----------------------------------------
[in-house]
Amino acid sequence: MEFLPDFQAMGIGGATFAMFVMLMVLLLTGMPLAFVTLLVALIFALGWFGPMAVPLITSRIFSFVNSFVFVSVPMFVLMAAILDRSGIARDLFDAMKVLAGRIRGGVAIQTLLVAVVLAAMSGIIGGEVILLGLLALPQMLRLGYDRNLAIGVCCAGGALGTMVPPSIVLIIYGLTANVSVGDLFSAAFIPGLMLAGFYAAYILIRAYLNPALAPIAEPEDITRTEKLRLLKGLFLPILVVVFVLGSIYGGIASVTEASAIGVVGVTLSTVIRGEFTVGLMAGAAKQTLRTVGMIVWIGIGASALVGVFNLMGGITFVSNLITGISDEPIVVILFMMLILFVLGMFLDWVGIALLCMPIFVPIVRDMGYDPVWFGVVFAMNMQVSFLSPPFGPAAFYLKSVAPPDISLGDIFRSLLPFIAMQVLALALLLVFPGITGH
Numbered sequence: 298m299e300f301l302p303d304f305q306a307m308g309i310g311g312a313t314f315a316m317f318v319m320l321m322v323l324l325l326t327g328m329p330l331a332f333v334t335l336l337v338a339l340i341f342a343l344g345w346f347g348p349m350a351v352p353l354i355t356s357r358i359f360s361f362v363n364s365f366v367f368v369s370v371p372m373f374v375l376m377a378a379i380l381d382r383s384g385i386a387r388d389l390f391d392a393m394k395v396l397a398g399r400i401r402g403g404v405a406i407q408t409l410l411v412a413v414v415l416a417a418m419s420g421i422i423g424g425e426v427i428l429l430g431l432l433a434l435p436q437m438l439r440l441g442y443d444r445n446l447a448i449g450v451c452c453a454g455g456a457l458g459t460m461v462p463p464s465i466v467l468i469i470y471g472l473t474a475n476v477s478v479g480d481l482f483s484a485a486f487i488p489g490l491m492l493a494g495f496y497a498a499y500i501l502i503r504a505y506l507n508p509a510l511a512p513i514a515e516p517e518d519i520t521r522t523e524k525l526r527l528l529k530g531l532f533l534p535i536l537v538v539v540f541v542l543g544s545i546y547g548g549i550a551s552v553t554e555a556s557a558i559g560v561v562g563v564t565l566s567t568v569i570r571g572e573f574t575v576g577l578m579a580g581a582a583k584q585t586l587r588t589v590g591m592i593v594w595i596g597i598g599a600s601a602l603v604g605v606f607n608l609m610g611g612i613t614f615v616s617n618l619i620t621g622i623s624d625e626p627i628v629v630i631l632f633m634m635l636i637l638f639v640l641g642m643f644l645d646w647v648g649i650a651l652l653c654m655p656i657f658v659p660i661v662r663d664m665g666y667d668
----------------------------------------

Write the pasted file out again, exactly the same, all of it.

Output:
[in-house]
Amino acid sequence: MEFLPDFQAMGIGGATFAMFVMLMVLLLTGMPLAFVTLLVALIFALGWFGPMAVPLITSRIFSFVNSFVFVSVPMFVLMAAILDRSGIARDLFDAMKVLAGRIRGGVAIQTLLVAVVLAAMSGIIGGEVILLGLLALPQMLRLGYDRNLAIGVCCAGGALGTMVPPSIVLIIYGLTANVSVGDLFSAAFIPGLMLAGFYAAYILIRAYLNPALAPIAEPEDITRTEKLRLLKGLFLPILVVVFVLGSIYGGIASVTEASAIGVVGVTLSTVIRGEFTVGLMAGAAKQTLRTVGMIVWIGIGASALVGVFNLMGGITFVSNLITGISDEPIVVILFMMLILFVLGMFLDWVGIALLCMPIFVPIVRDMGYDPVWFGVVFAMNMQVSFLSPPFGPAAFYLKSVAPPDISLGDIFRSLLPFIAMQVLALALLLVFPGITGH
Numbered sequence: 298m299e300f301l302p303d304f305q306a307m308g309i310g311g312a313t314f315a316m317f318v319m320l321m322v323l324l325l326t327g328m329p330l331a332f333v334t335l336l337v338a339l340i341f342a343l344g345w346f347g348p349m350a351v352p353l354i355t356s357r358i359f360s361f362v363n364s365f366v367f368v369s370v371p372m373f374v375l376m377a378a379i380l381d382r383s384g385i386a387r388d389l390f391d392a393m394k395v396l397a398g399r400i401r402g403g404v405a406i407q408t409l410l411v412a413v414v415l416a417a418m419s420g421i422i423g424g425e426v427i428l429l430g431l432l433a434l435p436q437m438l439r440l441g442y443d444r445n446l447a448i449g450v451c452c453a454g455g456a457l458g459t460m461v462p463p464s465i466v467l468i469i470y471g472l473t474a475n476v477s478v479g480d481l482f483s484a485a486f487i488p489g490l491m492l493a494g495f496y497a498a499y500i501l502i503r504a505y506l507n508p509a510l511a512p513i514a515e516p517e518d519i520t521r522t523e524k525l526r527l528l529k530g531l532f533l534p535i536l537v538v539v540f541v542l543g544s545i546y547g548g549i550a551s552v553t554e555a556s557a558i559g560v561v562g563v564t565l566s567t568v569i570r571g572e573f574t575v576g577l578m579a580g581a582a583k584q585t586l587r588t589v590g591m592i593v594w595i596g597i598g599a600s601a602l603v604g605v606f607n608l609m610g611g612i613t614f615v616s617n618l619i620t621g622i623s624d625e626p627i628v629v630i631l632f633m634m635l636i637l638f639v640l641g642m643f644l645d646w647v648g649i650a651l652l653c654m655p656i657f658v659p660i661v662r663d664m665g666y667d668